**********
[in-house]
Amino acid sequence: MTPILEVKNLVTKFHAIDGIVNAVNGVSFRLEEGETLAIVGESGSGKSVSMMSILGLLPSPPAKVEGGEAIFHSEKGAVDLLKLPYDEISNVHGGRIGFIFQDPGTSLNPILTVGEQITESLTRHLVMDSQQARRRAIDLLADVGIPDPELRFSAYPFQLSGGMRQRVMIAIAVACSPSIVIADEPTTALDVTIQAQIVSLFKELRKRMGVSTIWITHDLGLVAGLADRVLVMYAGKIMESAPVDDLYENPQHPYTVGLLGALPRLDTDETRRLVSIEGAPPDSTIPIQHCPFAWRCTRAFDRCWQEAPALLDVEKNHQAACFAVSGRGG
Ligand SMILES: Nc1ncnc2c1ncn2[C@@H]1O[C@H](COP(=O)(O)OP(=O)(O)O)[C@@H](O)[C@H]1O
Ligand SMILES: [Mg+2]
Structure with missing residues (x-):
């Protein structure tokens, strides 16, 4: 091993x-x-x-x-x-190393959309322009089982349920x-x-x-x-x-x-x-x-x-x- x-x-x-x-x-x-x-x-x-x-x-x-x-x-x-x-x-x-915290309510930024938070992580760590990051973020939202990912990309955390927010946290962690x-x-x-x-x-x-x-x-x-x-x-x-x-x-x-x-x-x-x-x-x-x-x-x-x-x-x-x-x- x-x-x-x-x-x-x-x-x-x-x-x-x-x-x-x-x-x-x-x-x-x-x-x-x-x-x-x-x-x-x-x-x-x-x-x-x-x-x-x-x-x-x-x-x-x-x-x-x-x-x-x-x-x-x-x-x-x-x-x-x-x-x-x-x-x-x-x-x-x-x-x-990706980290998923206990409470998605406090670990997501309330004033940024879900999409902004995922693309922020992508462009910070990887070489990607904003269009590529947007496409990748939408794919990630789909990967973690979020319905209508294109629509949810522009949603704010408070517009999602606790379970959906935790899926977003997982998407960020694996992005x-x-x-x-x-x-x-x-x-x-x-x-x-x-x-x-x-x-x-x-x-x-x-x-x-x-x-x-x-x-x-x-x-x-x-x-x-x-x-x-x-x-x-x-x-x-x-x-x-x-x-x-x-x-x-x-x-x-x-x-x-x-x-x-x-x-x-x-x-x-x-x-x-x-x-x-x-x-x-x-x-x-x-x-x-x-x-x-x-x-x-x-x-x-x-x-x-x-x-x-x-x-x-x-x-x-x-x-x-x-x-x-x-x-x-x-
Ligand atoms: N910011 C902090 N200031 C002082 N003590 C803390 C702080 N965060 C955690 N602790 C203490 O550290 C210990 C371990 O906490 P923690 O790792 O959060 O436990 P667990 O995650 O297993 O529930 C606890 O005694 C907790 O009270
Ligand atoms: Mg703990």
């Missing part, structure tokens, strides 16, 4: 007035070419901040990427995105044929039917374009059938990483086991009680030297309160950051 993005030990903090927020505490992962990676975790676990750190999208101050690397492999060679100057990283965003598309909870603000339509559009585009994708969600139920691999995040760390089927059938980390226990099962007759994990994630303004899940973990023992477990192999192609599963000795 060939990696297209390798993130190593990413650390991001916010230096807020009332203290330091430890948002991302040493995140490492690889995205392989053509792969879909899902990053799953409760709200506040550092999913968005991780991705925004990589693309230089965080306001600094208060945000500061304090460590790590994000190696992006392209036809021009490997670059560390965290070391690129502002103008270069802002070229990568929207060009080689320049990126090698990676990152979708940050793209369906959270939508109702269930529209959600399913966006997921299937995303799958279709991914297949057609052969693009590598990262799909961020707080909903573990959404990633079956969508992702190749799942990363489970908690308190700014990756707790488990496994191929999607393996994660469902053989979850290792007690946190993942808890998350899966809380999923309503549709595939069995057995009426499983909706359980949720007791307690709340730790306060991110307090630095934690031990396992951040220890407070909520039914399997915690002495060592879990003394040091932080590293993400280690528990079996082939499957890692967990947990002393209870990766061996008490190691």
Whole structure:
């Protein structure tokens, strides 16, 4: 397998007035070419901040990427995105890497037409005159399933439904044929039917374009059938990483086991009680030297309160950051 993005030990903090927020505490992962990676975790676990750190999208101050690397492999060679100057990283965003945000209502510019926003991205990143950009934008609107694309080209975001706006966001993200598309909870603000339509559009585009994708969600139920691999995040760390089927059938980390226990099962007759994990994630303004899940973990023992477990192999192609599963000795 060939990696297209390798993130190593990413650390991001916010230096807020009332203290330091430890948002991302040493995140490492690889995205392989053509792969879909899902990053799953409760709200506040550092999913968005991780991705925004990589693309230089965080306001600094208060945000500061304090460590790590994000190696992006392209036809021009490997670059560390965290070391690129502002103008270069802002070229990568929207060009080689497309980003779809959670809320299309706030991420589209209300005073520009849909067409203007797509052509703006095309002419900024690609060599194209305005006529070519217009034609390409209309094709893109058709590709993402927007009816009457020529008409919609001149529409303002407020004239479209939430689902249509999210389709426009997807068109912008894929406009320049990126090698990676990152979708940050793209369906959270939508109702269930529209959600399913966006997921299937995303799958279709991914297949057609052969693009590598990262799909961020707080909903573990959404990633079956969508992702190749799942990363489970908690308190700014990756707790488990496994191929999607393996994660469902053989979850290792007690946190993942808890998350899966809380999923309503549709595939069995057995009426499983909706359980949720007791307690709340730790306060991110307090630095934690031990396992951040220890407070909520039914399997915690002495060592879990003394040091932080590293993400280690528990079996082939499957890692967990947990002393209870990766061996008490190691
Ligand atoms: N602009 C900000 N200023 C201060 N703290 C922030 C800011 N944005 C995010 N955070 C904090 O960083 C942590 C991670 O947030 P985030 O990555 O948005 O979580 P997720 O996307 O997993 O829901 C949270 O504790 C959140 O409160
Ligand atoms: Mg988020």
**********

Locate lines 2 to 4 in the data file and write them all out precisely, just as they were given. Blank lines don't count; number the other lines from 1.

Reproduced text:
Amino acid sequence: MTPILEVKNLVTKFHAIDGIVNAVNGVSFRLEEGETLAIVGESGSGKSVSMMSILGLLPSPPAKVEGGEAIFHSEKGAVDLLKLPYDEISNVHGGRIGFIFQDPGTSLNPILTVGEQITESLTRHLVMDSQQARRRAIDLLADVGIPDPELRFSAYPFQLSGGMRQRVMIAIAVACSPSIVIADEPTTALDVTIQAQIVSLFKELRKRMGVSTIWITHDLGLVAGLADRVLVMYAGKIMESAPVDDLYENPQHPYTVGLLGALPRLDTDETRRLVSIEGAPPDSTIPIQHCPFAWRCTRAFDRCWQEAPALLDVEKNHQAACFAVSGRGG
Ligand SMILES: Nc1ncnc2c1ncn2[C@@H]1O[C@H](COP(=O)(O)OP(=O)(O)O)[C@@H](O)[C@H]1O
Ligand SMILES: [Mg+2]